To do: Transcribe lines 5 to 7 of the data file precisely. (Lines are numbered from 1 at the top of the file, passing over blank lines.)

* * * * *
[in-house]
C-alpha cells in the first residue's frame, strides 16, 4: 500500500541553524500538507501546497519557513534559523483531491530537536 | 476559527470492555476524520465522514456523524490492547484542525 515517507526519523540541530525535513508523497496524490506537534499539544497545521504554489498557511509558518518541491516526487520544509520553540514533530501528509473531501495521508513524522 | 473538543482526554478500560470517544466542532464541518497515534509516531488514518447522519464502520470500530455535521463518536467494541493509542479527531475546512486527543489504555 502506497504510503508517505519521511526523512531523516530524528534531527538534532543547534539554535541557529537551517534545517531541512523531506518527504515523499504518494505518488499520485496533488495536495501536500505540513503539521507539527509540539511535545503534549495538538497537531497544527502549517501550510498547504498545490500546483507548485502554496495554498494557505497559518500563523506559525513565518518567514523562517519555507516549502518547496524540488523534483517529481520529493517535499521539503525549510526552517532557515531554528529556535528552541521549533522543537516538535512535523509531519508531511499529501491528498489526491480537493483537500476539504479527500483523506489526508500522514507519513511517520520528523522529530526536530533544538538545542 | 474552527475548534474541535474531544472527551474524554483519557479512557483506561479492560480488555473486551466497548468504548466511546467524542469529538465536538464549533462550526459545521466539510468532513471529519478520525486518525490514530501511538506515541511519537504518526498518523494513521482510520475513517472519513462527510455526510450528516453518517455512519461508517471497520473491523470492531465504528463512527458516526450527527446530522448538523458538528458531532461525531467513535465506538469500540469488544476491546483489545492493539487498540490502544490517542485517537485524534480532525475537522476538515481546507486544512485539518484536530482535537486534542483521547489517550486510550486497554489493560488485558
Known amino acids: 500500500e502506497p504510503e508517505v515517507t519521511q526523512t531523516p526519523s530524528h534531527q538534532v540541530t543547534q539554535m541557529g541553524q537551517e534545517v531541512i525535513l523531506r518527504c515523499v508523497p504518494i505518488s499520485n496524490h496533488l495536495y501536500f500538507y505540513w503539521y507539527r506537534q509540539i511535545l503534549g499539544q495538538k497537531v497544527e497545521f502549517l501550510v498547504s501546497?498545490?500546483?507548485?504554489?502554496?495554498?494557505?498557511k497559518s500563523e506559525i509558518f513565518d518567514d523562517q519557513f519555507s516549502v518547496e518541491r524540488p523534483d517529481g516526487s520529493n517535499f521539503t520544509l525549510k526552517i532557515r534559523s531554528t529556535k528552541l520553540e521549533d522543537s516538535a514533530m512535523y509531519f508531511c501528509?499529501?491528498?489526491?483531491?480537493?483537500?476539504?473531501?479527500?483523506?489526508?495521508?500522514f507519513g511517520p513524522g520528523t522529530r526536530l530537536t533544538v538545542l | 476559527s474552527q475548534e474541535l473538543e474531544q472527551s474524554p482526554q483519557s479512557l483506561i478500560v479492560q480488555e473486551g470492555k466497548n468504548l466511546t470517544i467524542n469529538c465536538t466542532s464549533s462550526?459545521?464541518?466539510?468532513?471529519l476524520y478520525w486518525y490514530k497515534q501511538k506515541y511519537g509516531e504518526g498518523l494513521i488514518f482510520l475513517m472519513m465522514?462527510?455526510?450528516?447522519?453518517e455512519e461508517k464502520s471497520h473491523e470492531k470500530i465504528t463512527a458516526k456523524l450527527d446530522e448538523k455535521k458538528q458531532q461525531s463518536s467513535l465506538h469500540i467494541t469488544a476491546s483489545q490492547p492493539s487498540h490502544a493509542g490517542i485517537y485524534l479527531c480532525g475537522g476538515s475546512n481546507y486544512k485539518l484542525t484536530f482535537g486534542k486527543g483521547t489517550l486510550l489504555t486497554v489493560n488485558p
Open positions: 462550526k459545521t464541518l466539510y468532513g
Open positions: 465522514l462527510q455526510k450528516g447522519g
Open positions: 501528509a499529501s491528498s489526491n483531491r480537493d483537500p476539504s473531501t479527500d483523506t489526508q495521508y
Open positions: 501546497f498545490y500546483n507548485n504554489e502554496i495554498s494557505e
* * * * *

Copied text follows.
Open positions: 465522514l462527510q455526510k450528516g447522519g
Open positions: 501528509a499529501s491528498s489526491n483531491r480537493d483537500p476539504s473531501t479527500d483523506t489526508q495521508y
Open positions: 501546497f498545490y500546483n507548485n504554489e502554496i495554498s494557505e